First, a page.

by Sharon Betters
Pay attention to yourselves! If your brother sins, rebuke him, and if he repents, forgive him, and if he sins against you seven times in the day, and turns to you seven times, saying, I repent, you must forgive him.
A friend showed me what walking by faith looks like when your heart is broken. Unless God gave me grace, I couldn't do what she did. My own heart agreed with her cries, "This isn't fair! I shouldn't have to do this! How can I? I can't! I can't!"
I wanted to tell her, "Then don't. I agree with you - this isn't fair. Your enemy doesn't deserve grace." But I couldn't join her Obedience Resistance. Jesus had already given her marching orders. His call was clear. Forgive.
Someone has said that choosing not to forgive is like eating rat poison and waiting for the rat to die. What a picture of bitterness. Bitterness steals peace. No peace means no rest.
Forgiveness requires walking by faith. Walking by faith requires doing what doesn't come naturally and goes against every normal response.
A few years ago I joined a Body Pump class at our local YMCA. Fortunately, a friend warned me to start slowly because after her first class she could not move without crying. I thought I had heeded her advice but the next day I moaned with every step to the point that my husband rushed to my side to help me. "Don't pay attention to my cries. It's just that every muscle in my body is screaming in rebellion over that exercise class!" Our daughter Heidi told me I had to go back and work through the pain. Because I've seen the results of physical perseverance in her life, I followed her orders. I forced my body to surrender to the stretching and weight lifting and push-ups. Slowly the muscles got the message and stopped screaming for relief.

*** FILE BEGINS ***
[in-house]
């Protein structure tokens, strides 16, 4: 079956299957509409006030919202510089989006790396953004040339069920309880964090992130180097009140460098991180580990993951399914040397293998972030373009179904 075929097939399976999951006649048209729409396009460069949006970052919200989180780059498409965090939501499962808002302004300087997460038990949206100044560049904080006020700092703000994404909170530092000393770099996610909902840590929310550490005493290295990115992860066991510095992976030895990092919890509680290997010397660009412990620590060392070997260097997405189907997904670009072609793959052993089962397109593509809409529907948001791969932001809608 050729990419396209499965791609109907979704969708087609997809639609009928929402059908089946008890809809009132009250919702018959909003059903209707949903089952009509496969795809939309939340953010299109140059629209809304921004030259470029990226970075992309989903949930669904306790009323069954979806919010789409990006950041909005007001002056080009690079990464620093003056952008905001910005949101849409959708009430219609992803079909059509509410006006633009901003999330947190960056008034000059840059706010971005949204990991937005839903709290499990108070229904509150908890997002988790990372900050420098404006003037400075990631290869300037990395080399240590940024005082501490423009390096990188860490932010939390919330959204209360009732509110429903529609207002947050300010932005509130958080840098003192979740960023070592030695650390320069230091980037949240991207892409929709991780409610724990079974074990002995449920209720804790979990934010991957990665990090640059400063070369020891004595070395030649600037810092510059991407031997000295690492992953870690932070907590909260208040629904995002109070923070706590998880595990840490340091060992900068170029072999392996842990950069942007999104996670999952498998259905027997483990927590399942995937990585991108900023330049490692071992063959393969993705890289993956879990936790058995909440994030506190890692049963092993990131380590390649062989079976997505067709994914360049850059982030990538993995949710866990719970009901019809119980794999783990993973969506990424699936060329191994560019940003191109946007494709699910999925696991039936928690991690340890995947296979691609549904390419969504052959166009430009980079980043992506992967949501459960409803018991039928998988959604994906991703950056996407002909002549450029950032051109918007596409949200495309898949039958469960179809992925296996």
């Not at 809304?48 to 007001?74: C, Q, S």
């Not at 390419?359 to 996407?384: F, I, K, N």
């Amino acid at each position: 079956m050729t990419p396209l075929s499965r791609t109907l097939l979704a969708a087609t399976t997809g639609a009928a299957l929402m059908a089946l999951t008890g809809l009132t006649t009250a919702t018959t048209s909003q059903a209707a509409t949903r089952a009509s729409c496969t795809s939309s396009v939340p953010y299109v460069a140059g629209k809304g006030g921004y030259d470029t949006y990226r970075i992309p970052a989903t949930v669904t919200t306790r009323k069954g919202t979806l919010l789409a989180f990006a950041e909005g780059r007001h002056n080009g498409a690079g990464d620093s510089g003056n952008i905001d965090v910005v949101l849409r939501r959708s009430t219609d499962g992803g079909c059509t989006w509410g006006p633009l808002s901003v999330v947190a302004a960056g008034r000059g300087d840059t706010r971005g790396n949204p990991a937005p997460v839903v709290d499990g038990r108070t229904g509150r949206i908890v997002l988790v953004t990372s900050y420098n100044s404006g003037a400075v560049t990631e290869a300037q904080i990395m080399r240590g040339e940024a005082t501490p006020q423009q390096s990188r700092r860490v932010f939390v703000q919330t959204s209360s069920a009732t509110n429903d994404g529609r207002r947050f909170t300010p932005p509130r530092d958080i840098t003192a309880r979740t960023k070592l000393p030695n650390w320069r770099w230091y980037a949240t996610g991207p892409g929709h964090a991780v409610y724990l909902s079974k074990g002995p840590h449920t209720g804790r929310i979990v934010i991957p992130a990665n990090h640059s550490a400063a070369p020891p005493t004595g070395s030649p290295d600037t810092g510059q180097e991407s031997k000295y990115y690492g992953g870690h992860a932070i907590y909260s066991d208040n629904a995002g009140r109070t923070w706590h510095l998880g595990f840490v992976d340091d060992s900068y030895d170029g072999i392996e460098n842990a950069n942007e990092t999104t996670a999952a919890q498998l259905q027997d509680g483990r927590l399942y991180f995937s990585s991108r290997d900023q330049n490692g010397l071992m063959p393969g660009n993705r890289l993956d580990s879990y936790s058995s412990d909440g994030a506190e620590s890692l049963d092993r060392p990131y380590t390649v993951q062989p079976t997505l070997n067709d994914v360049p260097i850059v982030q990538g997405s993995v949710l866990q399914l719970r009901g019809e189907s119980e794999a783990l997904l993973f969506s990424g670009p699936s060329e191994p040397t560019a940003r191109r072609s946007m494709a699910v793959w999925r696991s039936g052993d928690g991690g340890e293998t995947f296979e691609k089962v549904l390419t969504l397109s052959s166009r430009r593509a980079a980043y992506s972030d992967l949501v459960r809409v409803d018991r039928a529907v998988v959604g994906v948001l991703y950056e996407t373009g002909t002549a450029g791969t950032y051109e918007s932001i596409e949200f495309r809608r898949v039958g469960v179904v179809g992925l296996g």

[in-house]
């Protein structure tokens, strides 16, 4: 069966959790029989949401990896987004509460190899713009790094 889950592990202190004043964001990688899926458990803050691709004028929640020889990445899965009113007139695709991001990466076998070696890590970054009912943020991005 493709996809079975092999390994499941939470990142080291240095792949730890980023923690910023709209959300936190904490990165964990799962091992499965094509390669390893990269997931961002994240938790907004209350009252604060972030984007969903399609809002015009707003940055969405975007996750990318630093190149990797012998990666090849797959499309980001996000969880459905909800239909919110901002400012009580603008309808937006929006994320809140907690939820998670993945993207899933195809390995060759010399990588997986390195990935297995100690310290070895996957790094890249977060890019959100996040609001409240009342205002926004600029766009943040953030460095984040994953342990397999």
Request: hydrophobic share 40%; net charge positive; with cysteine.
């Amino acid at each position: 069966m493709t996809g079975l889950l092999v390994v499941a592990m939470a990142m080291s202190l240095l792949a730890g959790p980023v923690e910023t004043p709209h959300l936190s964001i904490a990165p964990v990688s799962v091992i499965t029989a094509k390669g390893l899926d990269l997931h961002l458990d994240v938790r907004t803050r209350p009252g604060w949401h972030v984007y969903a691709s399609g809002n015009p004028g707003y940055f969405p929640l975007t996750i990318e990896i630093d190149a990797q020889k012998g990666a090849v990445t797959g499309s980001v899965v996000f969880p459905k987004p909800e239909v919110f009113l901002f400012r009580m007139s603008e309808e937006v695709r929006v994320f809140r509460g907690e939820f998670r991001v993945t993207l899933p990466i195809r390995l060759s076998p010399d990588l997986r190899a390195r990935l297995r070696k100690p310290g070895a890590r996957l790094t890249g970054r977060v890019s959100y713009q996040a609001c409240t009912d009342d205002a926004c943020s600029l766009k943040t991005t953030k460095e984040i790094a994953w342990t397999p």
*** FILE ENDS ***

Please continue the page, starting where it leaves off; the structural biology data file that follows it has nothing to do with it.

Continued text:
The first steps of forgiveness often result in the same kind of emotional and spiritual pain. Dormant spiritual muscles will wail, "NO, NO, NO! This HURTS!!" We might conclude that such pain means we shouldn't go forward. But my broken friend taught me that instead of stopping and going backward, we need to adjust our pace and give ourselves permission to take tinier steps. Stopping is not an option. What does forgiveness look like and how do we get there? It's different for each situation, except for the first step of choosing to obey God's call to forgive. We find the power to forgive by looking at the cross and seeing our enemy through the eyes of Jesus.
As I watched the miracle of grace transform my dear friend into a woman of strength, I envied the miracle I witnessed. But I also knew that unless God gave me similar grace, I could never take the steps I observed her take. Forgiveness required her to die to self and put aside her own sense of justice and need for vengeance. Trusting God to treat her enemy with justice weighed on her heart. She recognized her inability to make hard choices and surrendered her will to wise counselors whose wisdom came from Scripture. Emotional and physical exhaustion followed her obedience, because her surrender to God's ultimate glory took every ounce of strength to break through the shell of bitterness wrapped around her soul. I saw hope in her eyes for the first time since the betrayal. In that moment she experienced supernatural power she didn't know resided in her soul. She also recognized this one step was the first of many more difficult moments toward healing and reconciliation.
Trusting God's wisdom and perfect love equips us to obey in the hard moments. But then we must trust again in the obedience. We must trust Him with the outcome of our obedience. And then, what do we do when our obedience brings about the very thing we were trying to escape, when our spiritual muscles cry out every time we move, and it seems the very "medicine" creates more havoc than before? We start at the beginning, and once more surrender to God's purposes. It’s the tiny steps, perhaps even going backward for a while, but refusing to give in to the bitterness and rage. And perhaps this time, maybe our spiritual muscles will not be so flabby.
Originally published in Treasures of Encouragement blog in 2008.
Tomorrow I introduce my husband Chuck as our Guest Writer. Stay tuned!
Sharon W. Betters is author of Treasures of Encouragement, Treasures in Darkness and co-author of Treasures of Faith. She is Director of Resource Development and co-founder of MARKINC.org, a non profit organization that offers help and hope to hurting people. Sharon enjoys quality time with her husband, children and fourteen grandchildren.
Subscribe to Daily Treasure and have devotionals like this one delivered to your inbox.